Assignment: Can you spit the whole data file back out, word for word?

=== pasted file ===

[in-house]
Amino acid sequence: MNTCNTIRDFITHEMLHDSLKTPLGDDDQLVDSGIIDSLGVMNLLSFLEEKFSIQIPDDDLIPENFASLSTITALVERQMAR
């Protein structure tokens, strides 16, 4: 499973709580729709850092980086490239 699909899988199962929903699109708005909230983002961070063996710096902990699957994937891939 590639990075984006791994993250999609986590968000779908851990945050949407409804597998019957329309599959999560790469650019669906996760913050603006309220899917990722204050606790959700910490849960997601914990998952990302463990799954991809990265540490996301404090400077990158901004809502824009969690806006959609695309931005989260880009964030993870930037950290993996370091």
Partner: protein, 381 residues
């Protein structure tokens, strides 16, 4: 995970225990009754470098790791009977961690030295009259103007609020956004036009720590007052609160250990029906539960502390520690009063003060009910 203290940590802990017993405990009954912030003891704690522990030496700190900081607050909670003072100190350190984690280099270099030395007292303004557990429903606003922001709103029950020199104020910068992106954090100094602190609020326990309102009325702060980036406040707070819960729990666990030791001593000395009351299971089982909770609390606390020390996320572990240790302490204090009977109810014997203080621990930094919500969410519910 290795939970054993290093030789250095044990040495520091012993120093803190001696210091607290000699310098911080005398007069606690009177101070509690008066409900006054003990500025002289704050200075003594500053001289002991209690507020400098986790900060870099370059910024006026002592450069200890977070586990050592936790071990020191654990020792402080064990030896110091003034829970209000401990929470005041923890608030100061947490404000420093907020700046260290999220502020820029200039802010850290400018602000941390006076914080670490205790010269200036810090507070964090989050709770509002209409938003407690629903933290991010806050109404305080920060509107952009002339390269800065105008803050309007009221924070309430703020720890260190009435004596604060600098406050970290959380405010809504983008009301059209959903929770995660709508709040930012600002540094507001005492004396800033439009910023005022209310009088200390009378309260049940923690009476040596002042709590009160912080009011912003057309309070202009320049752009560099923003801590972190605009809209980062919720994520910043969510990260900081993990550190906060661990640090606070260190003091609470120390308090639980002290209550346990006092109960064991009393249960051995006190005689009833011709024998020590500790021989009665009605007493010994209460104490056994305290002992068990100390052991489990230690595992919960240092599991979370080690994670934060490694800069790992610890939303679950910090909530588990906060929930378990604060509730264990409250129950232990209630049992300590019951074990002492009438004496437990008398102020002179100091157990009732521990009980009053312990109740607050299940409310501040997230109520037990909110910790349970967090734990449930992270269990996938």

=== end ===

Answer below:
[in-house]
Amino acid sequence: MNTCNTIRDFITHEMLHDSLKTPLGDDDQLVDSGIIDSLGVMNLLSFLEEKFSIQIPDDDLIPENFASLSTITALVERQMAR
């Protein structure tokens, strides 16, 4: 499973709580729709850092980086490239 699909899988199962929903699109708005909230983002961070063996710096902990699957994937891939 590639990075984006791994993250999609986590968000779908851990945050949407409804597998019957329309599959999560790469650019669906996760913050603006309220899917990722204050606790959700910490849960997601914990998952990302463990799954991809990265540490996301404090400077990158901004809502824009969690806006959609695309931005989260880009964030993870930037950290993996370091």
Partner: protein, 381 residues
């Protein structure tokens, strides 16, 4: 995970225990009754470098790791009977961690030295009259103007609020956004036009720590007052609160250990029906539960502390520690009063003060009910 203290940590802990017993405990009954912030003891704690522990030496700190900081607050909670003072100190350190984690280099270099030395007292303004557990429903606003922001709103029950020199104020910068992106954090100094602190609020326990309102009325702060980036406040707070819960729990666990030791001593000395009351299971089982909770609390606390020390996320572990240790302490204090009977109810014997203080621990930094919500969410519910 290795939970054993290093030789250095044990040495520091012993120093803190001696210091607290000699310098911080005398007069606690009177101070509690008066409900006054003990500025002289704050200075003594500053001289002991209690507020400098986790900060870099370059910024006026002592450069200890977070586990050592936790071990020191654990020792402080064990030896110091003034829970209000401990929470005041923890608030100061947490404000420093907020700046260290999220502020820029200039802010850290400018602000941390006076914080670490205790010269200036810090507070964090989050709770509002209409938003407690629903933290991010806050109404305080920060509107952009002339390269800065105008803050309007009221924070309430703020720890260190009435004596604060600098406050970290959380405010809504983008009301059209959903929770995660709508709040930012600002540094507001005492004396800033439009910023005022209310009088200390009378309260049940923690009476040596002042709590009160912080009011912003057309309070202009320049752009560099923003801590972190605009809209980062919720994520910043969510990260900081993990550190906060661990640090606070260190003091609470120390308090639980002290209550346990006092109960064991009393249960051995006190005689009833011709024998020590500790021989009665009605007493010994209460104490056994305290002992068990100390052991489990230690595992919960240092599991979370080690994670934060490694800069790992610890939303679950910090909530588990906060929930378990604060509730264990409250129950232990209630049992300590019951074990002492009438004496437990008398102020002179100091157990009732521990009980009053312990109740607050299940409310501040997230109520037990909110910790349970967090734990449930992270269990996938």